Take control of a lost penguin in this exciting lost penguin simulator, Penguin Lost. Walk through the vast tundra of the south pole and experience a day-night cycle, but don't lose hope! That's the point. There is always hope of finding your family, penguin.
(Made with Game Maker.)
This is my first attempt at an art game.
It's really deep and makes you think.
Multiplayer game based on that fable about the wind and the sun and a guy with a coat.
On the advice of a friend, I decided to throw my hat into this 'glorious train wreck' event. Considering the short amount of time allowed, I approached this game with the intent of shattering the expectations of a genre. But what genre? The quest, of course. The well from which all games draw from. Quests you have seen before are static, unsatisfying: each has a beginning, a middle, an end. Exposition, action, and denouement. What if there was something more?
There now is. I abolished all such crude approximations of reality in favour of a more holistic approach: the game only dies when you do. You could run this game on a dedicated computer and, every morning, continue in your quest, until the day you finally expire. I wished to also express the intriguing contrast between man and trees: we move around, always in a hurry, always someplace to be. Trees are not like us; they are idle, cursed to a life of constant reflection. And yet, we both die. What if the trees were just like us? In this game, you will be given the opportunity to reflect on life itself, just as the trees do. Please do not squander it. Play this game as slowly as you can, and explore the thousands of options and choices it provides. You will also, of course, require a sword. But to craft one, you will need to destroy the prerequisite amount of trees -- your only allies, your emotional counterpart. This is what we in the industry call "moral choices". Crafting weapons from wood, I should not have to say, is borrowed from the early nineties adventure game "Robinson's Requiem".
Any quest, of course, requires enemies. Your enemies here are all red, unsightly creatures that shamble around the world in a state of perpetual confusion. A commentary on racism and the over-reliance of psycho-stimulant drugs on our children? That is for you to decide. The story in this game, implied, and never outright stated, rewards those who lean in for a closer look. Make no mistake: you will experience emotions during this game. All of them.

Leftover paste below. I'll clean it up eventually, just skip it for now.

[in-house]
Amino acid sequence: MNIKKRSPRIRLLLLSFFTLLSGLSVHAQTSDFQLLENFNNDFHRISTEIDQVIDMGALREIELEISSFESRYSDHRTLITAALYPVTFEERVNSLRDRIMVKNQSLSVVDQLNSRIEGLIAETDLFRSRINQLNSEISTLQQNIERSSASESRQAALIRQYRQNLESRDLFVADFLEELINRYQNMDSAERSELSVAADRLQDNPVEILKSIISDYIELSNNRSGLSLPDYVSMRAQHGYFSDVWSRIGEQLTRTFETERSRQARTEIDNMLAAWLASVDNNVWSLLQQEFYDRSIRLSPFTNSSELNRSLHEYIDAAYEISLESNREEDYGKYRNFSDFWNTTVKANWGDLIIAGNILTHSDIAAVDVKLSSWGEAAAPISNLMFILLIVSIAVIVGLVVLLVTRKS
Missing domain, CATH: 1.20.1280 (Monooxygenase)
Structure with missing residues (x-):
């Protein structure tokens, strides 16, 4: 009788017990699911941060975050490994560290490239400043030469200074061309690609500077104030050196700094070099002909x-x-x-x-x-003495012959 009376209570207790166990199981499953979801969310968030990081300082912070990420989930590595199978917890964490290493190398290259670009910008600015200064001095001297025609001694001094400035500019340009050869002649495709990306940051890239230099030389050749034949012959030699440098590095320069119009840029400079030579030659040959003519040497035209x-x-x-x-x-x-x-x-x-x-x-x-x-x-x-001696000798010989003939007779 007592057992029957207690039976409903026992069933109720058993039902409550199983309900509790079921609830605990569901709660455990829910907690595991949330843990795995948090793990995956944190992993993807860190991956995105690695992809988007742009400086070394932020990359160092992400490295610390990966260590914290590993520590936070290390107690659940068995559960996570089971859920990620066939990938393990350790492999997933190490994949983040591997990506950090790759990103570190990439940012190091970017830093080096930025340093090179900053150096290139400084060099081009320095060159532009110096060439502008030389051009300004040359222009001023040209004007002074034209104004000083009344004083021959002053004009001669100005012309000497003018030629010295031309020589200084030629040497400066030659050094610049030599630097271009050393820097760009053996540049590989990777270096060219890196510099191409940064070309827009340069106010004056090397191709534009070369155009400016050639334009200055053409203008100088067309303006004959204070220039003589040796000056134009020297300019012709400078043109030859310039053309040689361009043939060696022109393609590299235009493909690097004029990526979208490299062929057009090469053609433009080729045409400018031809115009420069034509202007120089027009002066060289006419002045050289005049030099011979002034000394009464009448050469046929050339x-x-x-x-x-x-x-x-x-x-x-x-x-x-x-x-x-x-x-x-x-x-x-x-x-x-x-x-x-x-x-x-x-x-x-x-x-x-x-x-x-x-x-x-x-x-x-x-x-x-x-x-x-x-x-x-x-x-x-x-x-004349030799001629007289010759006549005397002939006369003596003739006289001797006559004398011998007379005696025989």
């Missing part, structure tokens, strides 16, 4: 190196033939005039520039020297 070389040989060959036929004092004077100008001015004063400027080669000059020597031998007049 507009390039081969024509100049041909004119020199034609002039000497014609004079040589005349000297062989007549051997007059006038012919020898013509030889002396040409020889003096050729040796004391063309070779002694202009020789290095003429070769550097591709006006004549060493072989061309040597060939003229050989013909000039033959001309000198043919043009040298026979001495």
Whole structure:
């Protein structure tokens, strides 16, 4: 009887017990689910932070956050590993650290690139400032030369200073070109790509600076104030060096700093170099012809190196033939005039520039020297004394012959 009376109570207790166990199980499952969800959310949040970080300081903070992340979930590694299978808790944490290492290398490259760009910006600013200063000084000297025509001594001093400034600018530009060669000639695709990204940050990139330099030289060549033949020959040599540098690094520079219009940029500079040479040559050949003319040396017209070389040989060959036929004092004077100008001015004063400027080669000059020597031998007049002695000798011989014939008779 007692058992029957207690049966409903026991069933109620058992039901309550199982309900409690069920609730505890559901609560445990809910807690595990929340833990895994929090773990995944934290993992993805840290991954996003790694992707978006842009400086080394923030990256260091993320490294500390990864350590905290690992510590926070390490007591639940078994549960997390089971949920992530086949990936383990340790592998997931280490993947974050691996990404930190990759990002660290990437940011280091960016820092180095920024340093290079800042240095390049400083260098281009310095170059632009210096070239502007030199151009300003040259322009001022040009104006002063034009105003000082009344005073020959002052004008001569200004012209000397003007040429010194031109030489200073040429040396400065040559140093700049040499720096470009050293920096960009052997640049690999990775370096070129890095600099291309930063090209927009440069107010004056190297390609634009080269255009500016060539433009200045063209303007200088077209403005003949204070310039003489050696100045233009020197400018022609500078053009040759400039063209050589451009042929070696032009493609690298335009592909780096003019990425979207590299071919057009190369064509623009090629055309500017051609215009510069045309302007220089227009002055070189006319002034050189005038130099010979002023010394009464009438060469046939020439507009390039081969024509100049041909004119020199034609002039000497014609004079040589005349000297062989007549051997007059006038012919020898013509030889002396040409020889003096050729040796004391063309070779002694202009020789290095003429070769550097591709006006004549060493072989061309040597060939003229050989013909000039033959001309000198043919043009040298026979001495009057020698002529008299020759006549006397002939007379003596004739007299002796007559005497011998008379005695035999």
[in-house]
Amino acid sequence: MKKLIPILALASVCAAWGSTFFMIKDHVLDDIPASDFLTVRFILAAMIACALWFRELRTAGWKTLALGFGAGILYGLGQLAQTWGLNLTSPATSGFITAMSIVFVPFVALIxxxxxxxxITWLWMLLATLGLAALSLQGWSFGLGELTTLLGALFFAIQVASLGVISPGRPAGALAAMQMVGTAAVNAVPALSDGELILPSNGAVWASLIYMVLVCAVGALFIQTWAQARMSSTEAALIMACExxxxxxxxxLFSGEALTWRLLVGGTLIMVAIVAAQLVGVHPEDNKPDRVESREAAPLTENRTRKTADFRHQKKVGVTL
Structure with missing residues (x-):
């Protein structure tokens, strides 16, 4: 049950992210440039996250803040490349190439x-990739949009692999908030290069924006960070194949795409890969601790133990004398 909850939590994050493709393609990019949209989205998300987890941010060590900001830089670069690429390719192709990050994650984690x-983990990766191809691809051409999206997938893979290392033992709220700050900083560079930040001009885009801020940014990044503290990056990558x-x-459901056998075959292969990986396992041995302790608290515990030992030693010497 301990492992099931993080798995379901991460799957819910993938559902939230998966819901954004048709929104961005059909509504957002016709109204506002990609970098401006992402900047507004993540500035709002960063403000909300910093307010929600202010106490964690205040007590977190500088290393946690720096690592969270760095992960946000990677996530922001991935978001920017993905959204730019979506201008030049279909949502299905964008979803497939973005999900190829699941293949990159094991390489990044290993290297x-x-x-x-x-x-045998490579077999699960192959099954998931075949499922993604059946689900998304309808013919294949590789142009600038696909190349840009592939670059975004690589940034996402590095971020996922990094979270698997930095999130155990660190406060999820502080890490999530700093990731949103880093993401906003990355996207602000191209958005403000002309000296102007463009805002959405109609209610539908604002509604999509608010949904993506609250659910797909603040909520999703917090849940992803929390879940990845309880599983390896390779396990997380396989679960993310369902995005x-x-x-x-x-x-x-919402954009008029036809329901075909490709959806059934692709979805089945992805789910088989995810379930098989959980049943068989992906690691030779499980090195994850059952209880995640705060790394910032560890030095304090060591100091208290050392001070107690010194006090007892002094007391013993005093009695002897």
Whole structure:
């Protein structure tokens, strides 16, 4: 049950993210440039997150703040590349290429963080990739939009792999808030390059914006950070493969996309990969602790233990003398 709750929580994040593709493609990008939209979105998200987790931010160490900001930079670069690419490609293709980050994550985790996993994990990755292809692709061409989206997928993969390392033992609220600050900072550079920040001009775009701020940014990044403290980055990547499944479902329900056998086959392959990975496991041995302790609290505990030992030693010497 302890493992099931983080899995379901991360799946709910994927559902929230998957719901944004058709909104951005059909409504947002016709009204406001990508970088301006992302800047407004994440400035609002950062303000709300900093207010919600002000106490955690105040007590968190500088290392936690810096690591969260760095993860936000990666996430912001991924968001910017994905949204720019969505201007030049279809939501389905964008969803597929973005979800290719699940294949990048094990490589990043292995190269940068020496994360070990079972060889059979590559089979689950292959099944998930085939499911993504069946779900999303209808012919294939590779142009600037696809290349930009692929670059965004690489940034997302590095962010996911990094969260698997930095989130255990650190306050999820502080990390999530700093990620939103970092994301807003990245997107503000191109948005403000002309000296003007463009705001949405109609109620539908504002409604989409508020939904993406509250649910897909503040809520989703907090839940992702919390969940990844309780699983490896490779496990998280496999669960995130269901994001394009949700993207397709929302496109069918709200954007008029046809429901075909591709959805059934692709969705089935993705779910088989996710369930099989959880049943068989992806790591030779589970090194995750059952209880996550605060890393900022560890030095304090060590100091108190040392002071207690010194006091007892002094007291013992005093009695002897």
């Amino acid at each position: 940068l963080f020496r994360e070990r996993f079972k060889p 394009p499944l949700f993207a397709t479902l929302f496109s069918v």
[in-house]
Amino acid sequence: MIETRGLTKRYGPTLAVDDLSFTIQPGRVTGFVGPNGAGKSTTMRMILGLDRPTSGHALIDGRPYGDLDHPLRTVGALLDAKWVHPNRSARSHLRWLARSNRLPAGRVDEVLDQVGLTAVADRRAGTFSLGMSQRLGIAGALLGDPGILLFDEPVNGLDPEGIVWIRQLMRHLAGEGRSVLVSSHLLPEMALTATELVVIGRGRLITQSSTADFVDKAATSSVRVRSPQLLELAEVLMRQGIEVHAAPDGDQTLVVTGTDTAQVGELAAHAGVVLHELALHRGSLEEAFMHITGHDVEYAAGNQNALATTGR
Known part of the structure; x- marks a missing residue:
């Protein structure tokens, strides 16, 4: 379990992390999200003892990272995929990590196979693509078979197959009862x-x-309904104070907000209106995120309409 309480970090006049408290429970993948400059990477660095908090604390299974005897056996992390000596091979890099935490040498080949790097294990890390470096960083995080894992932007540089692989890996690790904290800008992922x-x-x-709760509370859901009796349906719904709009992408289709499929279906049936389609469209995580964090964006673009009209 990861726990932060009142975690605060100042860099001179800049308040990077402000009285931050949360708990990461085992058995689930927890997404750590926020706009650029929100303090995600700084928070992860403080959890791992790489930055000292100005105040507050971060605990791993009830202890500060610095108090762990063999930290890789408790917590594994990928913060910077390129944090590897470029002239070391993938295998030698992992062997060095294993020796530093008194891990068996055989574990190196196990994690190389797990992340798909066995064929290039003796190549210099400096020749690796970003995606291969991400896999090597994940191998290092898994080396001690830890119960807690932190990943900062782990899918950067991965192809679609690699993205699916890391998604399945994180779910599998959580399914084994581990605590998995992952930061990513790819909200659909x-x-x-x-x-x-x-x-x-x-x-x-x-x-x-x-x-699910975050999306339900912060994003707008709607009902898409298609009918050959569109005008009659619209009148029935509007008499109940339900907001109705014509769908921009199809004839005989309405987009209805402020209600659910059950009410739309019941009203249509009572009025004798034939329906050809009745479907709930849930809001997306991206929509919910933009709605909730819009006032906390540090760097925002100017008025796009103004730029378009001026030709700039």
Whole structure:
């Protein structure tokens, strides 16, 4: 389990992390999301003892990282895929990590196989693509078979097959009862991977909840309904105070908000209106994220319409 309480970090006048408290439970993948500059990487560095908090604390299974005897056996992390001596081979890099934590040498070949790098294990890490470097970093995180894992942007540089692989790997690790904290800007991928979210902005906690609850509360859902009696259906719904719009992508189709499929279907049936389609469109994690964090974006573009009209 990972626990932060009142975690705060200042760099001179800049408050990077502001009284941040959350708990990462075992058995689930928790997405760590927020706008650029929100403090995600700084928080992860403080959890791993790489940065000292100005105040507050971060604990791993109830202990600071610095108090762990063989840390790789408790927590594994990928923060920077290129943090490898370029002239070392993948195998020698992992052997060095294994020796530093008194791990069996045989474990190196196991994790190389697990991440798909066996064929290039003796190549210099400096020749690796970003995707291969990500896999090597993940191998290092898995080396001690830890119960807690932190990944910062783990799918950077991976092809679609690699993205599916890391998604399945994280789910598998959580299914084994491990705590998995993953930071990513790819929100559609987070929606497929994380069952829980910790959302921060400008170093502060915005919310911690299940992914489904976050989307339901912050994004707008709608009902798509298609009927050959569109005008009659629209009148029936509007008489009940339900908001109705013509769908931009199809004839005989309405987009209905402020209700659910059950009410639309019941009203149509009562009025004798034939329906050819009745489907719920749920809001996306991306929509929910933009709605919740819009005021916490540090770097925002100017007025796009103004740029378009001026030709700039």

All this forms my newest classic: URQUEST. A fitting title -- implying it is the first quest, despite following so many others. That is because this is the beginning of a new era in quests, in adventures, in games. URQUEST could be the greatest game you've ever played, or the worst. The choice is yours.
What will you decide?
(Please excuse the crudity of the illustration; I had only forty percent of the 3D models rendered and bumped before the allotted two hours had expired and was forced to use 'pixel art'.)
Forgiveness is a game about you.
Can you pulls the lever? Yes, you can, but don't waste your time.
Ever wanted your own rambling gambling doomed poet? WELL NOW YOU CAN!
Build Your Own Bob Dylan features infinite hours of exciting gameplay!
Place hair, cigarettes, weed, and more!
Enjoy high-tech renditions of your favorite Bob Dylan classic, "Like a Rolling Stone!"
it's the truth............
Yet another entry in the storied "You Have to Put the Noun in the Other Noun" series, this one pays tribute to the late, great Dwayne McDuffie, who died a year ago today. The sharp-eyed will note that this is kind of a sucky tribute to the man, and I'd agree. I wish I could say something witty and profound here, but all I can do is link this and hope that most of you will find it as amusing as I do.
Are you ready for the ultimate challenge? Can you solve math? What would you do for love?